April 2, 2010
Transmission will be celebrating Good Friday this evening by remembering the seven last words of Jesus in seven different locations throughout lower Manhattan. All are welcome to join us. We will be meeting at 6pm at the Winter Garden and will begin the service shortly thereafter. If you would like to come, please bring headphones and, if possible, an
mp3 player (such as an iPod, etc).
April 2, 2010
On 3/28, several Transmissioners attended the Interfaith Seder, sponsored by Faith House. It was quite a lovely event, well-attended and well-prepared. One thing came to me upon reflection that I wanted to discuss with you, a fundamental difference between the traditions that I hadn’t realized before. In the Jewish tradition, the Exodus is a story of the Jewish people, and it seems to unify as it reminds the people of their history, and of the God who delivers them. Holy Week varies in
that we are not celebrating the history of our people. We are remembering the history of ONE person, and it is not a history that we can exactly share. When rabbis tell the story of the exodus at synagogues, they are telling the people their own story, but when priests get up at church this week, they’ll be telling the story of a far more enigmatic character. Although Christian, I don’t feel like Christ’s death is MY history.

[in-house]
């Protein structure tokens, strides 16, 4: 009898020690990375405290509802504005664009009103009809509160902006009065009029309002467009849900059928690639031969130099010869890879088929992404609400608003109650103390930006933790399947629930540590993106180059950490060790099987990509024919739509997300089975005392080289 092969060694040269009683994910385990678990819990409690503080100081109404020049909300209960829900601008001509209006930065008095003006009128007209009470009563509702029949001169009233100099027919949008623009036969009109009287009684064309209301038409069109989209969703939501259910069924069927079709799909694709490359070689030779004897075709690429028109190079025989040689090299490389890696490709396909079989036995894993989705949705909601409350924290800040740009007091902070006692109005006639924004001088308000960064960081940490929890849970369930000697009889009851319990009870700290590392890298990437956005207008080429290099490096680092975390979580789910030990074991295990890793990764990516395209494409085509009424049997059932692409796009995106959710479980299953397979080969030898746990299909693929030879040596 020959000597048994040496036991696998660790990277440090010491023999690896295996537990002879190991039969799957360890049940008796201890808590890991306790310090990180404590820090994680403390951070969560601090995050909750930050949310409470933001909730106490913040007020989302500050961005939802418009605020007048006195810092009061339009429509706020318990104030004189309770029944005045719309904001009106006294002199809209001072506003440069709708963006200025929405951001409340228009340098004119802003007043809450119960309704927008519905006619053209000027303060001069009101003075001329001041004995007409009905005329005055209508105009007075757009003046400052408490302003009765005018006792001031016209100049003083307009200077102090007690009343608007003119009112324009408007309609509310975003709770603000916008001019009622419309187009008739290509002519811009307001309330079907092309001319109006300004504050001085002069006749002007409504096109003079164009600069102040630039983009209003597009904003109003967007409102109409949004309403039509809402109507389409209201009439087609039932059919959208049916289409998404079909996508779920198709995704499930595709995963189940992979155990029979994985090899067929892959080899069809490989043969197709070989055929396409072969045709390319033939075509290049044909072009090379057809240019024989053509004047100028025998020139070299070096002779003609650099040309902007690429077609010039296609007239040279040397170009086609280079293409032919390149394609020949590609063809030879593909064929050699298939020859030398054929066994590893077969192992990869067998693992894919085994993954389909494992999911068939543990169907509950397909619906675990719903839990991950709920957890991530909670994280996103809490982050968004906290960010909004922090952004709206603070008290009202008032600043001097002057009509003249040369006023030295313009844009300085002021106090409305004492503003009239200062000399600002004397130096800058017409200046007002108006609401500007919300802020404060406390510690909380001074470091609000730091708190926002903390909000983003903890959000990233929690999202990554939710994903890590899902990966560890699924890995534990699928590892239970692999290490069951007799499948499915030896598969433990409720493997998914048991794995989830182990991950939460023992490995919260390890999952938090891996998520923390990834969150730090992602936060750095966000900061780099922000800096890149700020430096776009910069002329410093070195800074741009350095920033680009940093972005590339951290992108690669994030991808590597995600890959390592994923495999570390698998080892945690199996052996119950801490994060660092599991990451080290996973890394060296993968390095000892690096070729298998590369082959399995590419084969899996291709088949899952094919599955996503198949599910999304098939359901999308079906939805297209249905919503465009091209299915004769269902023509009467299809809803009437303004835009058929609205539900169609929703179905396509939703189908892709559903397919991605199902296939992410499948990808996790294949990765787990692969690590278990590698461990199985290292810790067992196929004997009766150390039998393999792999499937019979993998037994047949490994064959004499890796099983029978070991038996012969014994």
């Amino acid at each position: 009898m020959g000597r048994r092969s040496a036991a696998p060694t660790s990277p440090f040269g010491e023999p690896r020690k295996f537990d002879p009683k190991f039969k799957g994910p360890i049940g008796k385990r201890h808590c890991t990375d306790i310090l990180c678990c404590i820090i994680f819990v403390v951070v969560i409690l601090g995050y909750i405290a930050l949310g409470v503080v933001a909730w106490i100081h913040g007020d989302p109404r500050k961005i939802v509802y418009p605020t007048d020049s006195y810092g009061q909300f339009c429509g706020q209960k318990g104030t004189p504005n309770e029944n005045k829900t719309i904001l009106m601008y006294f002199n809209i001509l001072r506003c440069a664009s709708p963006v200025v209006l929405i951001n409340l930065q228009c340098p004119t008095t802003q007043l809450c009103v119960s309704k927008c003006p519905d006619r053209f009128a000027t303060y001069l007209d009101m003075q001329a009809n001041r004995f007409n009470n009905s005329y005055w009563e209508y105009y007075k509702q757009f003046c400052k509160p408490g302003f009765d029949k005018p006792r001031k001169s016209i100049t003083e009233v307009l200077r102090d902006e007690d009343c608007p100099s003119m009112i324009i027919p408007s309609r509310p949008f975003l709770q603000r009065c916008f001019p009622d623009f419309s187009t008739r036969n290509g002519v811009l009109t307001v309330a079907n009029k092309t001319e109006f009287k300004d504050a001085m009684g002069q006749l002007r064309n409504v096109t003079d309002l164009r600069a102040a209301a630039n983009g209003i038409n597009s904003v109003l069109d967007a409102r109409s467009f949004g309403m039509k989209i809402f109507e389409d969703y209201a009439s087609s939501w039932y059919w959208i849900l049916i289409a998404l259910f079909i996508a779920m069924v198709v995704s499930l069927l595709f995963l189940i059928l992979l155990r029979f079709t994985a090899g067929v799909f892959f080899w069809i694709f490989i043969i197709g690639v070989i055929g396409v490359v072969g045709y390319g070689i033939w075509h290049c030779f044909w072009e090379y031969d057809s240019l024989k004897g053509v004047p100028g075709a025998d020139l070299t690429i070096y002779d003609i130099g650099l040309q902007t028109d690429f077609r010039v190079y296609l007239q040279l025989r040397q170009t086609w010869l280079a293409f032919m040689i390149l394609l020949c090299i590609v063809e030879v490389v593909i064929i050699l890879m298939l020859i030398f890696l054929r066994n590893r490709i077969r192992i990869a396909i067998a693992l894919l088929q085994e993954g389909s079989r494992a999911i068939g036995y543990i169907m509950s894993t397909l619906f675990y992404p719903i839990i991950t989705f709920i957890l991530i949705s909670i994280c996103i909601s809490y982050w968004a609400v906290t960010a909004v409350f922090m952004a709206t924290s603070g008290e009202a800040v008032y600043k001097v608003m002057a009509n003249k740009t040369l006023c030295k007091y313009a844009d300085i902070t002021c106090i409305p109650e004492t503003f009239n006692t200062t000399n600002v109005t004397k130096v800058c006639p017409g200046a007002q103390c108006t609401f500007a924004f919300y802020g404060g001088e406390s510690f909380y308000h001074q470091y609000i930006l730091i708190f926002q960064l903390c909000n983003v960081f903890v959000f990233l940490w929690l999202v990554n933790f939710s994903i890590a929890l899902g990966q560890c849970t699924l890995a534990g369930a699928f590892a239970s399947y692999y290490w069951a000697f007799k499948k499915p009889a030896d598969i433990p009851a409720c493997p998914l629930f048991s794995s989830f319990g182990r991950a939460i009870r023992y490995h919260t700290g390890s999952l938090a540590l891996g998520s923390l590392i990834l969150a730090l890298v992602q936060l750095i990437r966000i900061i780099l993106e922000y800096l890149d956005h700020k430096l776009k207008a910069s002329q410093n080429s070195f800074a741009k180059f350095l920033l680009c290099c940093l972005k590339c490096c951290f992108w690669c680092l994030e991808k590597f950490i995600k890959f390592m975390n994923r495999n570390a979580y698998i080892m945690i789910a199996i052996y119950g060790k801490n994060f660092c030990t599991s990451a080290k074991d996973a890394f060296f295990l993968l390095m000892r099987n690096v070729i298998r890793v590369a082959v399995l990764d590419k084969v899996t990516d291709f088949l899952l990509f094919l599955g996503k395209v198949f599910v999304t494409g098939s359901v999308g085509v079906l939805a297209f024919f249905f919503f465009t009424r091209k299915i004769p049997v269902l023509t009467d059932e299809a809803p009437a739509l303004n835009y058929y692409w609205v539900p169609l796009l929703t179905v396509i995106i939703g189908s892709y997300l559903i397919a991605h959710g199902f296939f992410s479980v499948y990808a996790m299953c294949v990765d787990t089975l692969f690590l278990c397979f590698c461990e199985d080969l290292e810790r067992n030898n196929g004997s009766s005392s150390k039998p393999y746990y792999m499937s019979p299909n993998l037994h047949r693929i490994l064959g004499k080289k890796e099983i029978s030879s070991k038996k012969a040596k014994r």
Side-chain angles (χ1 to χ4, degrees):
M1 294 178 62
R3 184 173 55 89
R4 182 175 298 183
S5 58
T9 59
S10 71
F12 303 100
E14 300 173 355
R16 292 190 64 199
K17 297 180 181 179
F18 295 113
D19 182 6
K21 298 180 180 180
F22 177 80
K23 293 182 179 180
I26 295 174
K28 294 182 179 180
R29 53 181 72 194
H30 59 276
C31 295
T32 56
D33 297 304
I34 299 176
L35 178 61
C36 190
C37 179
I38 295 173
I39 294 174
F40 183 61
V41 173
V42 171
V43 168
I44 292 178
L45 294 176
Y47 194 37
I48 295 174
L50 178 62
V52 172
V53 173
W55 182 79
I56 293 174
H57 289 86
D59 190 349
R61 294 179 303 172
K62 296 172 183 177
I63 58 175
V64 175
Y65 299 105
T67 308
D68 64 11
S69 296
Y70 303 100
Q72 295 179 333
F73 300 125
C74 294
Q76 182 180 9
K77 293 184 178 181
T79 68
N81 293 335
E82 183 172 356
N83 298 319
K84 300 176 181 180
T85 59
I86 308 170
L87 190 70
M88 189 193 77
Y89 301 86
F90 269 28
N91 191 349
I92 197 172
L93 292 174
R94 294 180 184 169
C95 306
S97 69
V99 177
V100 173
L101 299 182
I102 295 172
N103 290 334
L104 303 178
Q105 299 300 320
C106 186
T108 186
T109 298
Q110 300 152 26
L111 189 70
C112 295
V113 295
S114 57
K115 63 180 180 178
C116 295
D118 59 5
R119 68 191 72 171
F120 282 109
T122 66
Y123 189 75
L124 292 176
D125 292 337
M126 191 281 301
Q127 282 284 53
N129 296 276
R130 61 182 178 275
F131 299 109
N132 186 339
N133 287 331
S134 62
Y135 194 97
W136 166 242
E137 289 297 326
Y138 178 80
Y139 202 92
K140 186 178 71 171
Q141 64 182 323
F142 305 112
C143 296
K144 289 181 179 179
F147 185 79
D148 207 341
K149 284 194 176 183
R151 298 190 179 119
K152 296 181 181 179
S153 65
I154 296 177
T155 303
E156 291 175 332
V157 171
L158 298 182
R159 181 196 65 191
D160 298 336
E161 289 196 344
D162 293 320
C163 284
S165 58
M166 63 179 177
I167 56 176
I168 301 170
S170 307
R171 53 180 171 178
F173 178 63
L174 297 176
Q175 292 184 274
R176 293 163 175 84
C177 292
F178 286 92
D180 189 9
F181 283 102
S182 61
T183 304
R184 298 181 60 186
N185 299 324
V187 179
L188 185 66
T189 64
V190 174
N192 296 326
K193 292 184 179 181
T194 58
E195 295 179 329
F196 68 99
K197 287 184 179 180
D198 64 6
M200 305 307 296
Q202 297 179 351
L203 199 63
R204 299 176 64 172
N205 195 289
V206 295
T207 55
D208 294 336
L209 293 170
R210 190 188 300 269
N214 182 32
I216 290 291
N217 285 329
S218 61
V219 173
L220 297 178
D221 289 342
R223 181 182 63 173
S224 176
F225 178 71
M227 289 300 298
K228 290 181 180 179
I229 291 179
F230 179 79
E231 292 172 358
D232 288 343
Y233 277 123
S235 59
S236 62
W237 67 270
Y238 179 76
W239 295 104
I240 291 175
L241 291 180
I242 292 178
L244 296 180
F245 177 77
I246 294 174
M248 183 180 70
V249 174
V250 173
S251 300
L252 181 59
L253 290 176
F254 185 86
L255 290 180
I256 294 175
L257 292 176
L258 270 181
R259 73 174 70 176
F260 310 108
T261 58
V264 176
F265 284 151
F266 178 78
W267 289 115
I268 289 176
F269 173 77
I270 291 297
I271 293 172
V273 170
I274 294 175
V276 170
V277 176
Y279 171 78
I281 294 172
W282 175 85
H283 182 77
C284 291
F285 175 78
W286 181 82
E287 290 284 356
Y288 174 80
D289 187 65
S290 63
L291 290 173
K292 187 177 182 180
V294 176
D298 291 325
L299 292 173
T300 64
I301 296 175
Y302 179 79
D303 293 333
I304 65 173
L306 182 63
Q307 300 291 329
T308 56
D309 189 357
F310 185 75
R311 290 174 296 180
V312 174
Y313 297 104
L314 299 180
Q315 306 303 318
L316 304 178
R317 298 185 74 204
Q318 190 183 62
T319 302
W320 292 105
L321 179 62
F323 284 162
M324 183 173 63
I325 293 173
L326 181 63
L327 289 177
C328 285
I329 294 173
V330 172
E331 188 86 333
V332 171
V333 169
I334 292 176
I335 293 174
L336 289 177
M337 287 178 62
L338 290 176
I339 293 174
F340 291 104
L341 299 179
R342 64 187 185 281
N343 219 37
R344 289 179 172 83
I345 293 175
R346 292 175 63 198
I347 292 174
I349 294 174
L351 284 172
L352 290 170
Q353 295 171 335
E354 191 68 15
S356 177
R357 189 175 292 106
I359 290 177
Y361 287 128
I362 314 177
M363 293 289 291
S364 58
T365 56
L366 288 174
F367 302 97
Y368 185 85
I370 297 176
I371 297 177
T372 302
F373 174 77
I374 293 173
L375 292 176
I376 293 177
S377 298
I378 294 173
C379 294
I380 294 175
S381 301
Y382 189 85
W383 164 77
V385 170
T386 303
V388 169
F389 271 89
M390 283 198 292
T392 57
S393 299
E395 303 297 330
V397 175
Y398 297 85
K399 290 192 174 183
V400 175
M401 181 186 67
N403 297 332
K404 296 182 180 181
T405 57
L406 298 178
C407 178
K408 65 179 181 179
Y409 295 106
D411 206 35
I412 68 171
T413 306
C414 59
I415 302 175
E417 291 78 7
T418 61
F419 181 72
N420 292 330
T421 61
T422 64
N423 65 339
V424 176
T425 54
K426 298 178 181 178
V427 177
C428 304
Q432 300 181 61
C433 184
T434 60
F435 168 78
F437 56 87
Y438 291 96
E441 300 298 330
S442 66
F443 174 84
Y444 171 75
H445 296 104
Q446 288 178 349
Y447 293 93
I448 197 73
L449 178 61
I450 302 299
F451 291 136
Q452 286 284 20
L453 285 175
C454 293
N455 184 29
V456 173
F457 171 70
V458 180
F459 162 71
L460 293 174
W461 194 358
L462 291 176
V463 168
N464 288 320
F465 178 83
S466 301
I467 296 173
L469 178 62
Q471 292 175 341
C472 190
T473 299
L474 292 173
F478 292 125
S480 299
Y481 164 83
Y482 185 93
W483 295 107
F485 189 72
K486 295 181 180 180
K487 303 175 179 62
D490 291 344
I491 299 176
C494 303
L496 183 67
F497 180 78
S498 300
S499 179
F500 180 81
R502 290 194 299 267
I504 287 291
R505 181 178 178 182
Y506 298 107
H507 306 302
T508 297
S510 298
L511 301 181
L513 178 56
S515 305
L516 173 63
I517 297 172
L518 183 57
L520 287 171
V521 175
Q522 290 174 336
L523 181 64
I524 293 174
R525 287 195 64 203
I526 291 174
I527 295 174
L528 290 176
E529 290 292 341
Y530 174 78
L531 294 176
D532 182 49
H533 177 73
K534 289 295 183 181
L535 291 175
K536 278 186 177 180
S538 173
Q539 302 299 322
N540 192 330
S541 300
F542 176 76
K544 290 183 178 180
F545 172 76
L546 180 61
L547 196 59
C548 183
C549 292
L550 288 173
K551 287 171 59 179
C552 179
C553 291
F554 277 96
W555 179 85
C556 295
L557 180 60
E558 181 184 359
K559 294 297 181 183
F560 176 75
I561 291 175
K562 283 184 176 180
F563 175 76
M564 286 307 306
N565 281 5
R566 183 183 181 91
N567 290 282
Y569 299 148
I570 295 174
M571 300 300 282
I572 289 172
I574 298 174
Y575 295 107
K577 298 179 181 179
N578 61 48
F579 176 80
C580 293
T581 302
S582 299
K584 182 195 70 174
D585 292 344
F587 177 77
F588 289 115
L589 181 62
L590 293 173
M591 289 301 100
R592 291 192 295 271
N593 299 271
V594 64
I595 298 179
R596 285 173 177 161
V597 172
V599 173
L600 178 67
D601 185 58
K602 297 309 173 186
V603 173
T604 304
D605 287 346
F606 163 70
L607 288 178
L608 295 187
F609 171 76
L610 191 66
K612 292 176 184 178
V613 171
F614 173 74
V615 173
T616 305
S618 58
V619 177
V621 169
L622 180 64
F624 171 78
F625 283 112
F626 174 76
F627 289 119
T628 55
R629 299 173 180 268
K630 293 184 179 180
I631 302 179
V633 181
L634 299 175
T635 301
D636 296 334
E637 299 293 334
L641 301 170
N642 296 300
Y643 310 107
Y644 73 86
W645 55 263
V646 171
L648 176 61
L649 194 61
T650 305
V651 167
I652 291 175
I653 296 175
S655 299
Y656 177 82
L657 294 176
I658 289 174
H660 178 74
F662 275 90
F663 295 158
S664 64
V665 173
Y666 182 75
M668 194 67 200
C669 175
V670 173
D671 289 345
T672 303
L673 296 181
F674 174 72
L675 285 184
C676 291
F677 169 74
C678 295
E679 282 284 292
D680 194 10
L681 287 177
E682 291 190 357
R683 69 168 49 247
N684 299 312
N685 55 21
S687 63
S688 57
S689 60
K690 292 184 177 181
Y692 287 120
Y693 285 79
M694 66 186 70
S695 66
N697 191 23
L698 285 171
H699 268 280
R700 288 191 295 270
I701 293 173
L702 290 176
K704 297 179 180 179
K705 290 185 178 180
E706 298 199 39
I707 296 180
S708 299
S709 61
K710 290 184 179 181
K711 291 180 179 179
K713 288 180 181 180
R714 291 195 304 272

So there seems to be a fundamental difference in the sentiments being created by these two remembrances. One tells a people their shared history of survival through the will of God. The other tells a people of the survival of their God, in SPITE of the will of the people. Strange, huh? Both reveal that God is more powerful a force than death and oppression, but in very different ways… Anybody else have any thoughts on the difference between these two?
April 1, 2010
I’m trying to think of ways to combine Maundy Thursday with April Fool’s Day.
Eric Thompson: “And Peter said to him, ‘Lord, I am ready to go with you to prison and to death!’” ought to about cover it.